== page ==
Pilgrimage path

While in Atlanta, students heard from Freedom Rider Charles Person, center, front. Those from UWL include, front, from left, Mercedes Szabelski, Charles Person and Alex Jeske. Back row, from left, Breckin Sargeant, Richard Breaux, Jaiya Edwards, Mya Salinas, Karch Cvancara and Brittany Williams.

UW-La Crosse students trace the path of MLK

The trip took them to Atlanta, Birmingham, Tuscaloosa, Montgomery, Selma, Gulfport, New Orleans, Jackson, Little Rock and Memphis. They visited these sites and more where major events happened during the civil rights movement in the ’60s — decades before the students in the group were even born.

Eight UW-La Crosse students joined others from UW-Eau Claire in January to see and experience firsthand the events that transpired in the tumultuous South at that time.

“The trip really brings the civil rights movement to life,” says UWL Associate Professor of Ethnic & Racial Studies Richard M. Breaux. “Students had the opportunity to hear from and meet veterans of the civil rights movement during our stops in Atlanta, Tuscaloosa and Selma.”

One of those veterans was Charles Person, the youngest of the first group of Freedom Riders in 1961. Students also experienced Selma with Bloody Sunday participant and Selma to Montgomery Voting Rights March activist Joanne Bland.

UWL students also headed to Jackson State University in Mississippi, sight of the 1970 shootings where state and local police killed two African American students just weeks after Kent State. They attended a church service at Ebenezer Baptist Church in Atlanta where the Rev. Martin Luther King, Sr., was pastor and the Rev. Dr. Martin Luther King, Jr., served as co-pastor.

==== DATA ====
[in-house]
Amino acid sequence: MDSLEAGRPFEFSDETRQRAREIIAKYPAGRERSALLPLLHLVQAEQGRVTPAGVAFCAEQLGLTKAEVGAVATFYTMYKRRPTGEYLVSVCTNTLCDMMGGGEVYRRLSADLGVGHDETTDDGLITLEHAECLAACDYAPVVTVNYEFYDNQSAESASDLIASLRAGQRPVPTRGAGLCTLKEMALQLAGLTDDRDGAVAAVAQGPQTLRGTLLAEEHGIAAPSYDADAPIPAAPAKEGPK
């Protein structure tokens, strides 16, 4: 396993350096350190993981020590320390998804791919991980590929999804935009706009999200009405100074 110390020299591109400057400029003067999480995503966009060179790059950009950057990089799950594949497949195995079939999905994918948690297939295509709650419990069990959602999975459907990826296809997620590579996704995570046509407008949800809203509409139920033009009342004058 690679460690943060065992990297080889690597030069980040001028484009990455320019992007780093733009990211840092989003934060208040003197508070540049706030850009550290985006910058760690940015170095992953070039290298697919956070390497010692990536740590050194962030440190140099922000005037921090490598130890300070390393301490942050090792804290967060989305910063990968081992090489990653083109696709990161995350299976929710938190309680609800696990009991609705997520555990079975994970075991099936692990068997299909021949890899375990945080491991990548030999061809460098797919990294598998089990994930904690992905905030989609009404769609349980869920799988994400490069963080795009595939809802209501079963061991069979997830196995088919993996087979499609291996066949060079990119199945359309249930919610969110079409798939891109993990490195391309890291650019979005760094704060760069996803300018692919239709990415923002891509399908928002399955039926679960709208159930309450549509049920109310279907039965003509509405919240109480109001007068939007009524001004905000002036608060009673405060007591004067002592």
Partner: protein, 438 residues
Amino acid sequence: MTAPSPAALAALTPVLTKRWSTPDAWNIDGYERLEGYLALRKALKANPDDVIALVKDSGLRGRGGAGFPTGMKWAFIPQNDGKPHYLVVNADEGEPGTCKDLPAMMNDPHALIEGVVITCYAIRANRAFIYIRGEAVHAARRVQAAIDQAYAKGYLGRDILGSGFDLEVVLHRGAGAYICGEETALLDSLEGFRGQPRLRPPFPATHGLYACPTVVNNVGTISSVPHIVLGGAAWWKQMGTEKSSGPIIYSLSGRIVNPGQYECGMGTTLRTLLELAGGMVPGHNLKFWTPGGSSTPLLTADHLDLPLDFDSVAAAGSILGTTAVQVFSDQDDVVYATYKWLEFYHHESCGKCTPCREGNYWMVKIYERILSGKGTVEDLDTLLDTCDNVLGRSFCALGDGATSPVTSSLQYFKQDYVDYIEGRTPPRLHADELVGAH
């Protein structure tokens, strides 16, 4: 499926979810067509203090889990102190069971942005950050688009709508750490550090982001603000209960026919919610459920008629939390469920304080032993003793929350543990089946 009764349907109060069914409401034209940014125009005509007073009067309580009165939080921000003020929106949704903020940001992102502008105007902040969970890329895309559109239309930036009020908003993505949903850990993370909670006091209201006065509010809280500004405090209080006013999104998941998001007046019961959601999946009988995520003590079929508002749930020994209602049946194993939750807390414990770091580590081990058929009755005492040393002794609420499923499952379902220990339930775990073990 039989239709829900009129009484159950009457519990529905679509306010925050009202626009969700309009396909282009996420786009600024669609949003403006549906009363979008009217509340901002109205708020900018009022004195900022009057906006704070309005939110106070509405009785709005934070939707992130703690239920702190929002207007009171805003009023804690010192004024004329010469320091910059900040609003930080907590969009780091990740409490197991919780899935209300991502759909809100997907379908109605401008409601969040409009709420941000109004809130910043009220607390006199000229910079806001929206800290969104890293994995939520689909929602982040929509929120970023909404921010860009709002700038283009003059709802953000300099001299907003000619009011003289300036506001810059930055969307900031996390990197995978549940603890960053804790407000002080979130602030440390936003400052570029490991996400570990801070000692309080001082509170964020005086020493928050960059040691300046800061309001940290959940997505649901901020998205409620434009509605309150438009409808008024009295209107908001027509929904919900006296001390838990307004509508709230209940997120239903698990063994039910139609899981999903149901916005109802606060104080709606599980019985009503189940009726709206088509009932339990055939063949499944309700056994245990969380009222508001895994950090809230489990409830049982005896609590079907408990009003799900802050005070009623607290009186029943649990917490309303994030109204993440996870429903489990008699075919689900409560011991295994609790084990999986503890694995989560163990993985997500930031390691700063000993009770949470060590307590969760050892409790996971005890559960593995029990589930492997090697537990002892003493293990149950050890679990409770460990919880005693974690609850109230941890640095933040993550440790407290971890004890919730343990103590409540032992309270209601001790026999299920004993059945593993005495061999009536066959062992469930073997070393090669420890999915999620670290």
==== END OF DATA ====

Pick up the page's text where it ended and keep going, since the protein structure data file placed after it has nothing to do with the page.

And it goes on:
Students also headed to Jackson State University in Mississippi where in 1970 two African American students were shot by state and local police.

The group also experienced Whitney Plantation outside New Orleans. The grounds are extraordinary because they are one of the first plantation museums in the southern U.S. that tells the story of the plantation and slavery from the perspective of those enslaved on the plantation until 1865.

“Students come back from the trip transformed and with a greater appreciation of the many well-known and lesser-known women and men who challenged white supremacy and racism during this critical moment in our nation’s history,” Breaux says. Many of the activists in the movement were the same age of current students when they risked their lives protesting for rights.

“Different students take away different messages, information and knowledge from the trip,” continues Breaux. “Some are surprised to see that some southern whites continue to fight against civil and equal rights to this day.”

Selma suffered and continues to live in the aftermath of middle-class white flight, Breaux notes. “Many of the Civil Rights activists still bear the physical scars of being beaten by police, state troopers, and pro-segregationist whites,” he explains. “Some students are emotionally overwhelmed by the entire experience and others vow to become more politically active by the trip’s end.”

The pilgrimage promoted two pillars of the university’s Sustaining Excellence strategic plan. The program included advancing transformational education by providing high-impact teaching and learning opportunities proven to aid student success across diverse backgrounds. It also aligned with helping students achieve excellence through equity and diversity.

UWL’s involvement in the Civil Rights Pilgrimage began in 2017 as an on-campus collaboration between Residence Life and the Office of Multicultural Student Services. Breaux plans to continue promoting the Civil Rights Pilgrimage among UWL students. He also has plans for a northern Civil Rights and Underground Railroad course and trip.